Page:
5 December 2021.
The military regime running Myanmar recently hosted members of the new Myanmar Press Council (MPC) at a much-vaunted ceremony in Nay Pyi Taw. But the new MPC, appointed by the military after former members resigned following the February coup, does not have the independence needed to act as a legitimate media regulatory body.
The MPC, as provided for in the 2014 News Media Law, should be an independent body which is responsible for resolving disputes regarding the media. It is meant to serve as an alternative to legal action, such as criminal charges.
“Prior to the February coup, the Myanmar Press Council acted independently to affirm media freedom and to promote media professionalism in Myanmar,” said Toby Mendel, Executive Director of CLD. “Sadly, due to military interference, it can no longer be relied upon to act as an independent institution.”
International standards call for media to be regulated via a professional, independent oversight body. If a media regulator is established by law, the following principles apply:
- The entity should be strictly independent from the government and political parties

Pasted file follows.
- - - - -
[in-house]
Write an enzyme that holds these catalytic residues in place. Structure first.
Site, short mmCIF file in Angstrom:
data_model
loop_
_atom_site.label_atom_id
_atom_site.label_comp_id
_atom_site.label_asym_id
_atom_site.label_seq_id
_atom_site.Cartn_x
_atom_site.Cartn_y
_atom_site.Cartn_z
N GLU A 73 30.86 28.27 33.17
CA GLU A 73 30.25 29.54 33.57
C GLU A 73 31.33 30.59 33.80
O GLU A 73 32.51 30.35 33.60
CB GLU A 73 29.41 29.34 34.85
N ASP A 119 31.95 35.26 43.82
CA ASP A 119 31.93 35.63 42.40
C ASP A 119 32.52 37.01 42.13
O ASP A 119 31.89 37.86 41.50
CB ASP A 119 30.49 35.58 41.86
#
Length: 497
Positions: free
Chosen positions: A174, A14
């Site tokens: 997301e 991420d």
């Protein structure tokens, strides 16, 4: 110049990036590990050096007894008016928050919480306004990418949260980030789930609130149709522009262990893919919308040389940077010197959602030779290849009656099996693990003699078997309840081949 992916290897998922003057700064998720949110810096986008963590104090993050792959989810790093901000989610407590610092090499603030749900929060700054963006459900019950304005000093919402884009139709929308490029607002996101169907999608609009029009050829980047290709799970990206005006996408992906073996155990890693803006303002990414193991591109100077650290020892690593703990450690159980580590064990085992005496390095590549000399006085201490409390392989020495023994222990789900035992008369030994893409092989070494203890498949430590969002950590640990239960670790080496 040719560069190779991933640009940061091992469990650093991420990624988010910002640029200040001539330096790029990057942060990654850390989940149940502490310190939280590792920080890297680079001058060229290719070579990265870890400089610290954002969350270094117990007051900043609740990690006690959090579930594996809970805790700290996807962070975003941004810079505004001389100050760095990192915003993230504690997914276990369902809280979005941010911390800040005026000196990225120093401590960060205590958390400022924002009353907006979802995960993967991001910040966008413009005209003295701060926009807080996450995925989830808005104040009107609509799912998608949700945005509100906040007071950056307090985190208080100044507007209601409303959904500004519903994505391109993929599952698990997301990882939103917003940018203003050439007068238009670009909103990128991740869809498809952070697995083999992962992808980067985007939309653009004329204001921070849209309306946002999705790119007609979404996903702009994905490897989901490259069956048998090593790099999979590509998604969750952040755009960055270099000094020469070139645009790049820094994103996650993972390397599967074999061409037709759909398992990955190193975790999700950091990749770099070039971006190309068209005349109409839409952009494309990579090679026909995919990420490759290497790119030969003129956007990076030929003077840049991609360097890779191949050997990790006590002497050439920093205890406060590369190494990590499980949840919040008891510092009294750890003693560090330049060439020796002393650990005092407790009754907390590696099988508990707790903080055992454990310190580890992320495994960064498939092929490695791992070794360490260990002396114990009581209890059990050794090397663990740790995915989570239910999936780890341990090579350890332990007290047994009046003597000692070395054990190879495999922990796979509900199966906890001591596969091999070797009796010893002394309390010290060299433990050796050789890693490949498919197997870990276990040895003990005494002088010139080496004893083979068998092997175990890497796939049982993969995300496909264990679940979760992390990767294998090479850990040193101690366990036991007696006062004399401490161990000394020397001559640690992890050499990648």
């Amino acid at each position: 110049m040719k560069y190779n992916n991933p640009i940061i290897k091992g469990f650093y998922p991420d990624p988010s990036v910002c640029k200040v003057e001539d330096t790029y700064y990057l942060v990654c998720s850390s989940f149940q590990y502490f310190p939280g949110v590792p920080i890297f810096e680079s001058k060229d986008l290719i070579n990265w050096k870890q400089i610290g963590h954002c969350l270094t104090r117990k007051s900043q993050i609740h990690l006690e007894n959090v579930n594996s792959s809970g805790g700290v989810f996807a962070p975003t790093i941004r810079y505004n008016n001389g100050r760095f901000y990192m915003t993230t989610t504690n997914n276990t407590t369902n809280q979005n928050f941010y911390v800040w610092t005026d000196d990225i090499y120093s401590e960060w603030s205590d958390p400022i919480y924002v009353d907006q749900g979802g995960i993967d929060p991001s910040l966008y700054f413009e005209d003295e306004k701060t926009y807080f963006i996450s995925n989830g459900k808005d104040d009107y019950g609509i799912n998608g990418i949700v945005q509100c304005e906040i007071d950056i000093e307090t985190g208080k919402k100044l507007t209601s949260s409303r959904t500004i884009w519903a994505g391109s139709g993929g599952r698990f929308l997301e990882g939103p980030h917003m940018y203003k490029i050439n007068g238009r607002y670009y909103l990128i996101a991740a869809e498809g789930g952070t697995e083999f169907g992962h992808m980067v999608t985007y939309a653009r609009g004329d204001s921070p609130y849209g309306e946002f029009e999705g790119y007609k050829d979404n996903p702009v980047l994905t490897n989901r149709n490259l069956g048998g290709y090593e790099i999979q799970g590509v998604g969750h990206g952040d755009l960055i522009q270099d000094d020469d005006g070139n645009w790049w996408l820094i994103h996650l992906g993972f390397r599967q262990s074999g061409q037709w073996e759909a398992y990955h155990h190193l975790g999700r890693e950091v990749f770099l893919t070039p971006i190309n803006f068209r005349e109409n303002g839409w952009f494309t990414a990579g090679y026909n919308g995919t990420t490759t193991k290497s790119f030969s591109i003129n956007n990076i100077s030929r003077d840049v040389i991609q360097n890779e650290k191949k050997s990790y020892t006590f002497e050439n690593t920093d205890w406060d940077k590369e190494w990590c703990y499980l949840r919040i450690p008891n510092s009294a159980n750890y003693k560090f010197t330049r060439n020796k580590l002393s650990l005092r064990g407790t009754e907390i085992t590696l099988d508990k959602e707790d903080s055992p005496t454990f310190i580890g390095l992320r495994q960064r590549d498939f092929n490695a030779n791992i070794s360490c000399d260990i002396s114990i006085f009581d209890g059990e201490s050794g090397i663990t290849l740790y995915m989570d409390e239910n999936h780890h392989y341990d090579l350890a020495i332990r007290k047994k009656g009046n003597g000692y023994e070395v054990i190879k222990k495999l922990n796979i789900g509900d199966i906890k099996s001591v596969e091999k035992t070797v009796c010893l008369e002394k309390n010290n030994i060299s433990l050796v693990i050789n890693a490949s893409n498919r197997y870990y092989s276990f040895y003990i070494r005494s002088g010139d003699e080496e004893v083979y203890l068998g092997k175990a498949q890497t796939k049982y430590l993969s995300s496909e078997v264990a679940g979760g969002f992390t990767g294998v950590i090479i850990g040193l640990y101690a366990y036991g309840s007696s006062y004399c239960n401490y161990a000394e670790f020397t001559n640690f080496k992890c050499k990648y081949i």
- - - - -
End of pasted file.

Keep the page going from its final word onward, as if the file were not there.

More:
- Members should be experts appointed with limited government influence
- The body should support media freedom
These principles are not respected in the current arrangements regarding the MPC. The new Council’s leadership has strong military ties. The military has also shown it improperly expects the MPC to serve as an enforcer of government messaging. In February, it directed the Council to tell journalists to avoid certain “incorrect words” about the coup.
CLD has prepared a short Note on international standards governing media regulatory bodies and the situation of the Myanmar Press Council. It is available in English and Burmese.
For further information, please contact:
Centre for Law and Democracy
+1 902 431-3688